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Stem cells

Experimental stem cell treatment caused brain tumors in rats

Friday, October 27, 2006 by: Jerome Douglas
Tags: stem cells, Parkinson's disease, brain tumors


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(NewsTarget) A new treatment that involves injecting stem cells into the brains of rats appeared to significantly reduce the symptoms some rats were experiencing that mimicked Parkinson's disease -- but the treatment also caused tumors in the rodents' brains, according to scientists.

The researchers said the work showed there were both benefits and risks of using human embryonic stem cells for treatment. Human stem cells have been highly touted for their ability to replace diseased tissue; however, the use of these same stem cells is controversial because human embryos have to be destroyed to obtain them.

"The behavioral data validate the utility of the approach. But it also raises a cautionary flag and says we are not ready for prime time yet," said lead stem cell researcher Steven A. Goldman, a professor of neurology and neurosurgery at the University of Rochester Medical Center.

Goldman went on to say that with modest changes in stem cell deployment techniques, researchers would be able to keep the benefits of the treatment while reducing -- or even eliminating -- the chances of stem cell recipients producing cancer-like growths as a result of treatment.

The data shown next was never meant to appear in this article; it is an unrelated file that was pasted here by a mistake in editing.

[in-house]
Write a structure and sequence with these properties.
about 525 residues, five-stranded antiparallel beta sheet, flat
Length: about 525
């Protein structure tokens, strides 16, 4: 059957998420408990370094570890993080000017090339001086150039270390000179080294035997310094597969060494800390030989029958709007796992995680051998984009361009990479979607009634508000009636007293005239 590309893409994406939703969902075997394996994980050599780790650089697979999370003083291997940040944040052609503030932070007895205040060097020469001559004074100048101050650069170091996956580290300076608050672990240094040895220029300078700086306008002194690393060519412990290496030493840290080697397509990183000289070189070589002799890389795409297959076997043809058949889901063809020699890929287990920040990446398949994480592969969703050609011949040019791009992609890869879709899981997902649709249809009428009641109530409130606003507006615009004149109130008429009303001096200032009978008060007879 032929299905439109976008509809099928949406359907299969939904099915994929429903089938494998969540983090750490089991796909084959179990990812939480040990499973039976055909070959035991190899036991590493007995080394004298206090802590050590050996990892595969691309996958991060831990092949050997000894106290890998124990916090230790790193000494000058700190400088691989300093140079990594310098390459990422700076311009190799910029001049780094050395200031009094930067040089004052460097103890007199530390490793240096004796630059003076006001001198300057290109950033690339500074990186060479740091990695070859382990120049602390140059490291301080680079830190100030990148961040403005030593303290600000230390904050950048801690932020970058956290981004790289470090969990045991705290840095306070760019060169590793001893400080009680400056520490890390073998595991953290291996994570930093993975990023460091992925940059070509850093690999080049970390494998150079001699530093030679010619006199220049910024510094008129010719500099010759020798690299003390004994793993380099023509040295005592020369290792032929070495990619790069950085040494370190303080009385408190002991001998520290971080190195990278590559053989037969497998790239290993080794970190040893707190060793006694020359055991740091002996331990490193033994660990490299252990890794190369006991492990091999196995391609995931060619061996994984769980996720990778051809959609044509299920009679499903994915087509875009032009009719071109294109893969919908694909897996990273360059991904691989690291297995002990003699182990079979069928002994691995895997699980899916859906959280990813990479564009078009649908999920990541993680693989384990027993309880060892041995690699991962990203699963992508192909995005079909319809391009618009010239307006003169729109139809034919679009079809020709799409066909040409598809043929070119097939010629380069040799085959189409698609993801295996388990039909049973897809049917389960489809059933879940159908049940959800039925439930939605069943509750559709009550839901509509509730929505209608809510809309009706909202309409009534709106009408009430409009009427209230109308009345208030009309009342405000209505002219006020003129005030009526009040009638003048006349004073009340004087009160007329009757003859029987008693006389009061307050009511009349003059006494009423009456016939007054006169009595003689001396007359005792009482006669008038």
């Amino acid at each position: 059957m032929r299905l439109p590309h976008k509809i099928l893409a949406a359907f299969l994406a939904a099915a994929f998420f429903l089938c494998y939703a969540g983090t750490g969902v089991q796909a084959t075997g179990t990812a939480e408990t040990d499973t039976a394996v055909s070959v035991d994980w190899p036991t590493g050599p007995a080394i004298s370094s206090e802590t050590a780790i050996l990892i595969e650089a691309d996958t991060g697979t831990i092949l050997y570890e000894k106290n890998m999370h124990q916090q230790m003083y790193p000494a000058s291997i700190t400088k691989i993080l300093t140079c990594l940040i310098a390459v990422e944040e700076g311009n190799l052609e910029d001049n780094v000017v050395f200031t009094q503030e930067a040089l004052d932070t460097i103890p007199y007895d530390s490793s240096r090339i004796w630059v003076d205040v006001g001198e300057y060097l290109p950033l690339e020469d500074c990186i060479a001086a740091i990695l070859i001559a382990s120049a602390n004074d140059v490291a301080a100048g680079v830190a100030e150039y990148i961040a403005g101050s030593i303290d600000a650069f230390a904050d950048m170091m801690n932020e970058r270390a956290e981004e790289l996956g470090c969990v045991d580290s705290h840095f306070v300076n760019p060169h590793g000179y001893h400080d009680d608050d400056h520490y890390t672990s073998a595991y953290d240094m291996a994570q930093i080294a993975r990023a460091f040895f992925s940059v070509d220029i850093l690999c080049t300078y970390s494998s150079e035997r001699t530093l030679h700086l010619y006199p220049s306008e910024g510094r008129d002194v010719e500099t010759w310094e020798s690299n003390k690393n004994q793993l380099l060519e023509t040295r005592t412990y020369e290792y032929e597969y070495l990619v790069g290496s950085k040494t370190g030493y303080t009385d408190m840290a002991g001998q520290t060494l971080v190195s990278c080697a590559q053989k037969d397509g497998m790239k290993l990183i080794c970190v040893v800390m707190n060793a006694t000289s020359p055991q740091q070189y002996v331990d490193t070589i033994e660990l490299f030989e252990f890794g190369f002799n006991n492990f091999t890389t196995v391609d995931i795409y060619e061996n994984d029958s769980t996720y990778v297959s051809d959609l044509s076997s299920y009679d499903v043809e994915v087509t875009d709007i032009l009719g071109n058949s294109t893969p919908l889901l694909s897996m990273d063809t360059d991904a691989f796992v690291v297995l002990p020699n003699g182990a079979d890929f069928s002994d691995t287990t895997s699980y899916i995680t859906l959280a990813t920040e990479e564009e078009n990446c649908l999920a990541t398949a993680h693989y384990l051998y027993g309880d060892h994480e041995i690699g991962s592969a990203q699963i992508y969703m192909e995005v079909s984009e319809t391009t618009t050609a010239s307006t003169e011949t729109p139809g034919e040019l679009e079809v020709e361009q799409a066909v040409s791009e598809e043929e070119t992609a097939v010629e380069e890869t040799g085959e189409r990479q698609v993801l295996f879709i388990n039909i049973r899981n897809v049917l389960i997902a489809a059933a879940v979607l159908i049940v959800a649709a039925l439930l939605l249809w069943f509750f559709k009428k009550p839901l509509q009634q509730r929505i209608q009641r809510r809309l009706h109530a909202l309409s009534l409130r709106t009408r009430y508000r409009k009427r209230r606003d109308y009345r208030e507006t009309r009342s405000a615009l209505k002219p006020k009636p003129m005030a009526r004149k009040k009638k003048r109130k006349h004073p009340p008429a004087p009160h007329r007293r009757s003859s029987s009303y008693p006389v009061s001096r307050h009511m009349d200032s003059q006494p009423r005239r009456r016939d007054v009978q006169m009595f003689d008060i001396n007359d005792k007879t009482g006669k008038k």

Goldman's team treated laboratory-cultured human embryonic stem cells in a new way that induced many to become a kind of neuron that produces dopamine, a neurotransmitter. Those kinds of neurons are gradually lost in Parkinson's disease, resulting in the body being deprived of the essential chemical messenger. Parkinson's disease patients commonly suffer from motor control problems like trembling and muscle rigidity.

Geron is a California company that hopes to gain Food and Drug Administration permission to treat spinal-cord-injury patients with modified embryonic stem cells next year. Geron's president -- Thomas Okarma -- said his company's stem cells have shown no sign of causing tumor growth in any of its animal studies. Okarma added that the FDA has asked for additional extensive data on that particular problem before it will give its final approval for any further research that may result in a possible Geron product.

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